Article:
If at all possible, get them Den Chiefs (but more on that in months to come.)
Supply resource material. Your pack budget should cover the costs of at least Program Helps and a copy of the How-To Book for each den. If your leaders have access to the internet, provide them with the url of best resources. Build a good back library of Pow Wow books, back issues of Program Helps, other literature and CDs. Above all, get den leaders to your local Roundtable. If you feel your Roundtable needs improvement, rise up and make it better. Remember it’s your boys that benefit.
Don't let anyone pile extra duties on your DL. They are not someone's personal messenger or delivery boy and especially they are not your wait staff at the Blue and Gold Banquet.
When some new opportunity shows up in a Cub Pack that requires some organizing or record keeping it is customary to say, “Oh, the den leaders can do that.” That is courting disaster. There must be someone in every pack who stands firm and protects the dens.
Provide dens with star opportunities. Schedule regular spots at pack meetings for dens to perform. Leading ceremonies, acting out skits, leading songs, doing run-ons should make up a lot of your pack meetings. Expect displays of big projects and reports of special activities and go-see-its.
The opportunity to share the spotlight at the monthly pack extravaganza gives dens the incentive to prepare. Without this, dens often resort to mostly advancement work and den meetings resemble school more than Cub Scouting adventure.
DL’s only job is to lead the den. Leading a den is a long and tough job. Those Tuesday (or whenever) meeting times inexorably roll around every week, ready or not. The DL has to be ready with games, ceremonies, encouragement, materials, and all the other magic in his/her bag of tricks as the gang in blue burst through the door.
There is a strange belief that anyone can lead a den. People who run round-ups are fond of using that myth so they can collect the applications and go home. Yes, it’s easy to run one den meeting for any reasonably able adult who has taken Fast Start and has a copy of Program Helps firmly in hand. I have done it on occasion so I can imagine that most people can. However it’s not just one meeting. It’s years of meetings.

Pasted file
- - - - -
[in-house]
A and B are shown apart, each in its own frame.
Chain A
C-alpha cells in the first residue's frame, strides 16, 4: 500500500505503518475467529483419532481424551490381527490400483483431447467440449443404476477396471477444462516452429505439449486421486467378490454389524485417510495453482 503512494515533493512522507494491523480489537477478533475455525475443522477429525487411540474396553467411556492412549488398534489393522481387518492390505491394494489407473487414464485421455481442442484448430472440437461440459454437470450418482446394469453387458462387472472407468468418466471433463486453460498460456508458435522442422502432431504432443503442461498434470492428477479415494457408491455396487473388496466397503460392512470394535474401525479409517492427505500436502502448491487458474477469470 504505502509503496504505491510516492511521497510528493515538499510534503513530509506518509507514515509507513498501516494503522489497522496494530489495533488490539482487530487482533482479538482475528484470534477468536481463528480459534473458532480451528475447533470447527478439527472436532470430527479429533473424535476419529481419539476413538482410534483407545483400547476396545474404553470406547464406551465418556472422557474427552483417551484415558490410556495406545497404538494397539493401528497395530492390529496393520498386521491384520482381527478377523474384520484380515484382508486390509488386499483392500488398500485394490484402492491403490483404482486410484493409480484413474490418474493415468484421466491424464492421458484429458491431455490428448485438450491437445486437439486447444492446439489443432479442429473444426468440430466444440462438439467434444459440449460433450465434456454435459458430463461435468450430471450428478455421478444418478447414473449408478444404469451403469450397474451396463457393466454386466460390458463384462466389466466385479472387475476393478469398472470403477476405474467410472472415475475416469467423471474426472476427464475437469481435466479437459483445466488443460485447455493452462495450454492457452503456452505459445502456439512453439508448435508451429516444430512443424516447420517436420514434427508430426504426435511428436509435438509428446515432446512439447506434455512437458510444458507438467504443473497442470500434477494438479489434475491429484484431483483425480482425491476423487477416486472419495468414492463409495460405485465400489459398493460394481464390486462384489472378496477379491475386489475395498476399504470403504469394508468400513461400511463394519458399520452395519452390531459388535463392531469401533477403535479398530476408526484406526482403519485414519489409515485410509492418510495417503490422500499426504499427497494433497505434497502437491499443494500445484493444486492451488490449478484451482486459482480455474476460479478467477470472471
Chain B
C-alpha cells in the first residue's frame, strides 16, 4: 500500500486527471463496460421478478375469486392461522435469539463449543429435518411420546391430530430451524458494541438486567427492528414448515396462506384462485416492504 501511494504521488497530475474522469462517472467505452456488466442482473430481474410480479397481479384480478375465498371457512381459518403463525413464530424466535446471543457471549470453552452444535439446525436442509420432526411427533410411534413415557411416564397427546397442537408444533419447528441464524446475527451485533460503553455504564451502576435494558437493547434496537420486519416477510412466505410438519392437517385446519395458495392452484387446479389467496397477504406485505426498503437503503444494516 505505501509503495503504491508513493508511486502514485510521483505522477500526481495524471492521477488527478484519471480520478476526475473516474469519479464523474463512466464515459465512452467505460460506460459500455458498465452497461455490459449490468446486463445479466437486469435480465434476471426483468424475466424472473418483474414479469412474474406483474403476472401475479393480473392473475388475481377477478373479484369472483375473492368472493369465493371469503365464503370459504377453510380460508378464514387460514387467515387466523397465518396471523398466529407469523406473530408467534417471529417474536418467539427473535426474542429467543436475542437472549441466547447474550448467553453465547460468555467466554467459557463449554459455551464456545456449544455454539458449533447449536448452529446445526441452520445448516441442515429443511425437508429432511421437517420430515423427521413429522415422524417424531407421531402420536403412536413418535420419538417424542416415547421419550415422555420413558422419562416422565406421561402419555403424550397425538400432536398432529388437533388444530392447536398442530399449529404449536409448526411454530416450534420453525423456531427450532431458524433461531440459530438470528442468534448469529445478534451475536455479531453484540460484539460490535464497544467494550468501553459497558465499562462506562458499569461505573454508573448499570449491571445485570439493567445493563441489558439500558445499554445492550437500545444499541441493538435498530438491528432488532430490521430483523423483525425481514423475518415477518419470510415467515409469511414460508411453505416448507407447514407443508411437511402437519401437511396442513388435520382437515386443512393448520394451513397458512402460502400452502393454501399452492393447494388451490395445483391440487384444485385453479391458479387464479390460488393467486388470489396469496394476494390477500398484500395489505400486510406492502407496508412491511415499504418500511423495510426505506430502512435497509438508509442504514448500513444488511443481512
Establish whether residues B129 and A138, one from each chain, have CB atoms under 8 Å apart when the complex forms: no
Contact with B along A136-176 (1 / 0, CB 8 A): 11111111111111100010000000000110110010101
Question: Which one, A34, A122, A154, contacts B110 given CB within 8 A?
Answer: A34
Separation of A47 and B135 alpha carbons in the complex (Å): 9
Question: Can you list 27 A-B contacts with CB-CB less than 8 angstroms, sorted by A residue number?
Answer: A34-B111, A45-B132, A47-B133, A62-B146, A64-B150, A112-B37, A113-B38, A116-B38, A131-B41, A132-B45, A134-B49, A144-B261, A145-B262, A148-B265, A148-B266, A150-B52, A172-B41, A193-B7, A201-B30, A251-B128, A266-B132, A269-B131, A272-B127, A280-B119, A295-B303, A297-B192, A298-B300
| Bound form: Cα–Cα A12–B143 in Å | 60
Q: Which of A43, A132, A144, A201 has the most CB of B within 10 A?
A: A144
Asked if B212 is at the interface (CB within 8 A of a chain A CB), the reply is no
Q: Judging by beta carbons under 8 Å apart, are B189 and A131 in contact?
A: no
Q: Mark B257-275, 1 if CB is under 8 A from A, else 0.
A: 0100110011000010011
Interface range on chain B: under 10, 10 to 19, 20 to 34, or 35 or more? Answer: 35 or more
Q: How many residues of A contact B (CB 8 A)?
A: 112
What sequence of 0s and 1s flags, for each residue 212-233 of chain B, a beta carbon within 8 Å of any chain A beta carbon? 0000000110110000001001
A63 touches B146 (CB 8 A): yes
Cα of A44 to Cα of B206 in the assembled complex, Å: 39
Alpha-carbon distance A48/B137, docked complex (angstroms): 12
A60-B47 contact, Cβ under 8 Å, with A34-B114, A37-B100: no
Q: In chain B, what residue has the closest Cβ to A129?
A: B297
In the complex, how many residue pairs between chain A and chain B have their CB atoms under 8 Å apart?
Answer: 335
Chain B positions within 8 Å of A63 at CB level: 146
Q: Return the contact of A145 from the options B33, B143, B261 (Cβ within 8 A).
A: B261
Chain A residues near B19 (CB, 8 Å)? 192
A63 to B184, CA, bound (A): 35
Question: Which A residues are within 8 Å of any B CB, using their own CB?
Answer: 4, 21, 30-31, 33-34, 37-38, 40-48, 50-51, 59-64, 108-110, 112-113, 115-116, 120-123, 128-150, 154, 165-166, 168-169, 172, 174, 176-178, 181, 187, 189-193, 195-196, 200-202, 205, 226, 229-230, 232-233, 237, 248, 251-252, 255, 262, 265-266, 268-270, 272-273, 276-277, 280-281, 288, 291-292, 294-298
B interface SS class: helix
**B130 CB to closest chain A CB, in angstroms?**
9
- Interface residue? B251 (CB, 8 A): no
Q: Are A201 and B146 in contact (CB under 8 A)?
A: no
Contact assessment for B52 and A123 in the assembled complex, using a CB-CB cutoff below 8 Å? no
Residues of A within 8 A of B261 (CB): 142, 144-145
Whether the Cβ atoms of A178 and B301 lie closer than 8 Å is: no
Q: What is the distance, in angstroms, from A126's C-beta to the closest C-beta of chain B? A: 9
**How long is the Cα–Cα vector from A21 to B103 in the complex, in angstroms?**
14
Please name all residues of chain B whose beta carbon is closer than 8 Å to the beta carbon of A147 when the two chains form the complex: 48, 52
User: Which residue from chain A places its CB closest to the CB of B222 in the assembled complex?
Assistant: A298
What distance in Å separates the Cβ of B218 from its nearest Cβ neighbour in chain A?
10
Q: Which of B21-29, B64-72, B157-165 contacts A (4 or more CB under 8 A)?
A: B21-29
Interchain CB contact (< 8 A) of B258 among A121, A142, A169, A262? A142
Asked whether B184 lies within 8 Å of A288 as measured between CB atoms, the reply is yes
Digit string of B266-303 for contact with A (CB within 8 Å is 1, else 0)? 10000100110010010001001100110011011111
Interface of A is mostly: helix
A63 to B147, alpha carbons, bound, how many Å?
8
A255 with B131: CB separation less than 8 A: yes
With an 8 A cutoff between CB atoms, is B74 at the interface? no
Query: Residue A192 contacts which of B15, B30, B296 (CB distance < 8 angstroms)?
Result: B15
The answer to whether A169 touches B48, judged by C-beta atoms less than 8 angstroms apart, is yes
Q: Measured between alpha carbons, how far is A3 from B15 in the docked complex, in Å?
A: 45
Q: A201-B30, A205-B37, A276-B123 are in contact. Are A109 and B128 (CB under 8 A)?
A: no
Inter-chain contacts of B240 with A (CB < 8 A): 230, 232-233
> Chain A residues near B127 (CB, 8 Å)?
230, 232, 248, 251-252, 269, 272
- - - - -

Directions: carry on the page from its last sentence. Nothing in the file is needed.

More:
There will be days when thing go badly. There will be the boy who had a bad day at school, the boy being picked by an older sibling, one whose pet gerbil died, or the one whose parent are fighting. There will be times when the big game just doesn’t work and day when the material for that fabulous project is just plain wrong. When boys don’t bring their books; when parents forget their promises. It only takes a few of these –say the four in November – to make a DL question why on earth are we doing this anyway.
Yet, the best den leaders I have met (and I have met hundreds) revel in what they have accomplished. They have indelibly shaped the minds and spirits of each one of that gang in blue. I think that Julie Erickson described it best in her wonderful poem I Am A Den Leader.
I do wish that the only time den leaders quit before their boys cross over to troops is when they have won the lottery jack pot and have retired to Tahiti to bask in the sun and sip cold drinks. They deserve it.